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ORANGE COUNTY | ORANGE COUNTY ELECTIONS

Ballot Measures Give Voters a Say Over Development, Taxes, Schools

Election: The hottest of 31 issues, a Home Depot and upscale housing, are in San Juan Capistrano. An Irvine tax could be repealed.

October 09, 2002|DAVE McKIBBEN | TIMES STAFF WRITER

In Buena Park, voters are being asked to kick in for a new police station. In Fullerton, residents are deciding whether they want their city clerk to be elected or appointed. In Irvine, voters are considering whether to repeal a business utility tax.

But those measures, and the assortment of others to be decided in the Nov. 5 election--31 city, county and school measures will appear on various ballots--seem mundane compared with the heat generated in San Juan Capistrano over two long-running development issues.

The first measure lets voters decide whether they want an upscale housing development and an accompanying high school built in the foothills on the east side of town. In the second, voters would advise the city whether to sell 13 acres of undeveloped land to the Home Depot Corp., a deal that would net the city $9 million.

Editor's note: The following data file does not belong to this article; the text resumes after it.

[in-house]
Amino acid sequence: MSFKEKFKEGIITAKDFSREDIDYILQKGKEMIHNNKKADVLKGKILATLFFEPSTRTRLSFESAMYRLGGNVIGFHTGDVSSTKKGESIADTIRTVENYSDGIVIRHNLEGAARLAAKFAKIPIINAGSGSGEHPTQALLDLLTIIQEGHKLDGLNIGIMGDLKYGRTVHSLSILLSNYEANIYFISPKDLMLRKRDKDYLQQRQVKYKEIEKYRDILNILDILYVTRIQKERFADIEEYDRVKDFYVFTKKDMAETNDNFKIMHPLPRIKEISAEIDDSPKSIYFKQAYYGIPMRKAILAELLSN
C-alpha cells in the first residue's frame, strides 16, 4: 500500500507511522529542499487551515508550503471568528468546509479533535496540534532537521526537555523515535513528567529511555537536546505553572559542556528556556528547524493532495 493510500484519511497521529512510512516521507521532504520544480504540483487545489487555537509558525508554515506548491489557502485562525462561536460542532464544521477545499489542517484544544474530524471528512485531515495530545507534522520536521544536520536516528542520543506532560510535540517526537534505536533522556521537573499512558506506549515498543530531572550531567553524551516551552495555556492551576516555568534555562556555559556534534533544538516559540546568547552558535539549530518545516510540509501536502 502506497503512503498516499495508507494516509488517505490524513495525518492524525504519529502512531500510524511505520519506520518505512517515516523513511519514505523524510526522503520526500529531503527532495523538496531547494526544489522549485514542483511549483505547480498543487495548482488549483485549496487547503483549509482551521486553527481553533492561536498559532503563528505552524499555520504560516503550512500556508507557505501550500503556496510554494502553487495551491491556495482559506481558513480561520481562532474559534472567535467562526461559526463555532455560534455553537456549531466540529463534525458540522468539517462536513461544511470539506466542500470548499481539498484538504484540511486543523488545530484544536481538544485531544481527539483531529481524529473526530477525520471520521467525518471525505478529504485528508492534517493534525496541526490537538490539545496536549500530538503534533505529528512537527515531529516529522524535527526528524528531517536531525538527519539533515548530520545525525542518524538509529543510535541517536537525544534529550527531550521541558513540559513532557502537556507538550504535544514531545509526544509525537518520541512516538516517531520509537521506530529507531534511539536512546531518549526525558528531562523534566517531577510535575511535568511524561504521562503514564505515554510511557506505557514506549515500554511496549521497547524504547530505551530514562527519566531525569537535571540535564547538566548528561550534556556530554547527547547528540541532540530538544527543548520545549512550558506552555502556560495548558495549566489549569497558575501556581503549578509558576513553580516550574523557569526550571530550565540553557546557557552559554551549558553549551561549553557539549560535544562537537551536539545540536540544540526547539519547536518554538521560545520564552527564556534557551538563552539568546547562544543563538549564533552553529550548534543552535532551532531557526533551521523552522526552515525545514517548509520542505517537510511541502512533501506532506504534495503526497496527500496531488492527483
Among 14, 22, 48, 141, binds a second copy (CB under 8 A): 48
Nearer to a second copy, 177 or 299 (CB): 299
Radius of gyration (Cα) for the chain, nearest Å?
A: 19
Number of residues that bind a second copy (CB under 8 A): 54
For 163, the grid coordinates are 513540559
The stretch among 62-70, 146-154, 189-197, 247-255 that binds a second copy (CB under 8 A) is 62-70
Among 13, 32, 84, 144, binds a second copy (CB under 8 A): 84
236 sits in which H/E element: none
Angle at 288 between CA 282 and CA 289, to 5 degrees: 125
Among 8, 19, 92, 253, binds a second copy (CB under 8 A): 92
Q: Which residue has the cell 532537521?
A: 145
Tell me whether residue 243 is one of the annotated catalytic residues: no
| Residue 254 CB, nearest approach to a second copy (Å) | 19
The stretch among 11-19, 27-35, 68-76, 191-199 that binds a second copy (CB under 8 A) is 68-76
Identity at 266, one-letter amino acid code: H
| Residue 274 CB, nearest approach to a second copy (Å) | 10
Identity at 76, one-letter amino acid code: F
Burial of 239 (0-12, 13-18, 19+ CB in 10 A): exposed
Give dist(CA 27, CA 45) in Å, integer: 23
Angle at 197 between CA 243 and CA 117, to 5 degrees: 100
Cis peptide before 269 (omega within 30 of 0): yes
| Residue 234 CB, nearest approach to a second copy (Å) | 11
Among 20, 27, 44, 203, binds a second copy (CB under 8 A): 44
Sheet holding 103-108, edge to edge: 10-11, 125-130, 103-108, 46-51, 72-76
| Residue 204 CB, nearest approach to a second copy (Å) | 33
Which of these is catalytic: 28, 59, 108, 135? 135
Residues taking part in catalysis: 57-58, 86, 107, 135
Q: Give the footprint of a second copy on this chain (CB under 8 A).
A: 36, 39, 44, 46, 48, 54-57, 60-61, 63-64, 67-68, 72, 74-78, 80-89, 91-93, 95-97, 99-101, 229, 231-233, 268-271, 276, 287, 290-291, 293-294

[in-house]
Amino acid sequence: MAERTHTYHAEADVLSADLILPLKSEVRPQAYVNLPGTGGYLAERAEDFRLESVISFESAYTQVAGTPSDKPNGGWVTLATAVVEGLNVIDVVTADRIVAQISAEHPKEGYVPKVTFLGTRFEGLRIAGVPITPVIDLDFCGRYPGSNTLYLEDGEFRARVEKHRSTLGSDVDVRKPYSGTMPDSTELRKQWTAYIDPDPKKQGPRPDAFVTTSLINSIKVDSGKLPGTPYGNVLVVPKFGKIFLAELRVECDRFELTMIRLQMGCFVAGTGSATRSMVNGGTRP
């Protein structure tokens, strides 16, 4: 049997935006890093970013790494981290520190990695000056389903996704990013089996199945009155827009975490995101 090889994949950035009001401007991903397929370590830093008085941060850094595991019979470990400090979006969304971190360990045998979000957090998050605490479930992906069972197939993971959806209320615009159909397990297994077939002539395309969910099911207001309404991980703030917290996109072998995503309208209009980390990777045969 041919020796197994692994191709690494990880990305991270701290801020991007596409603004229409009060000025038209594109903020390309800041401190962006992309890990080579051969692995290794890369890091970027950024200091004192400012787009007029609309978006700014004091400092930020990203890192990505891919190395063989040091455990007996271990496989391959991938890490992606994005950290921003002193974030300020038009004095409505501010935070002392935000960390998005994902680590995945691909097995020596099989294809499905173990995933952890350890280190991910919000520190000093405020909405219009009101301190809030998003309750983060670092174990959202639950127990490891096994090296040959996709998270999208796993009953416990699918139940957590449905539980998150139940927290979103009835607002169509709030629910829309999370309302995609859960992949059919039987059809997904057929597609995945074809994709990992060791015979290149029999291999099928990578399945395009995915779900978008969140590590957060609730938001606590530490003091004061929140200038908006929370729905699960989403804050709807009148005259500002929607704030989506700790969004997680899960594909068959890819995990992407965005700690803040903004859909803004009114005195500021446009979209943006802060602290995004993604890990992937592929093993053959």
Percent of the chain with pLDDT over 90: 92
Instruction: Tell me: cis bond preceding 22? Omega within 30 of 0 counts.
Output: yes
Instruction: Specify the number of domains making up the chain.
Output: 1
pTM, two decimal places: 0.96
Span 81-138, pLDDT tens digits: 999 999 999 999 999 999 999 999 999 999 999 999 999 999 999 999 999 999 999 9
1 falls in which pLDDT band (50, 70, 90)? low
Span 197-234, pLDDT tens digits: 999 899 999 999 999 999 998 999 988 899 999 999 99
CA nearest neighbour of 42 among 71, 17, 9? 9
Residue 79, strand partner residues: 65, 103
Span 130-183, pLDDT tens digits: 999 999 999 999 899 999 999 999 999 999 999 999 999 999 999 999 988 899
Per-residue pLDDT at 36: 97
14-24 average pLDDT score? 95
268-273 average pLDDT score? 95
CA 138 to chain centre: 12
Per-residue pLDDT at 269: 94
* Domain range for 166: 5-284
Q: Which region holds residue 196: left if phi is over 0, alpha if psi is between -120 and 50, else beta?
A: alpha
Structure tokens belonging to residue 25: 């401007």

"Both measures are really asking people what kind of city do they want San Juan to be," Assistant City Manager Julia Silva said.

The last time San Juan Capistrano residents were asked to determine what the town should look like was in 1990, when voters trooped to the polls in huge numbers and surprised political experts: They agreed by a 71% majority to tax themselves to buy farmland to help preserve the city's rural flavor.

Jeffrey Adler, a Long Beach-based political consultant working for a group that supported selling some of the town's raw land to Home Depot, said he believes San Juan's voters could show up in large numbers again.

"Our polls show there is a large awareness of the issue, but I don't know if that's enough to drive turnout in a year where voters are turned off by the governor's race and the assembly and senate races."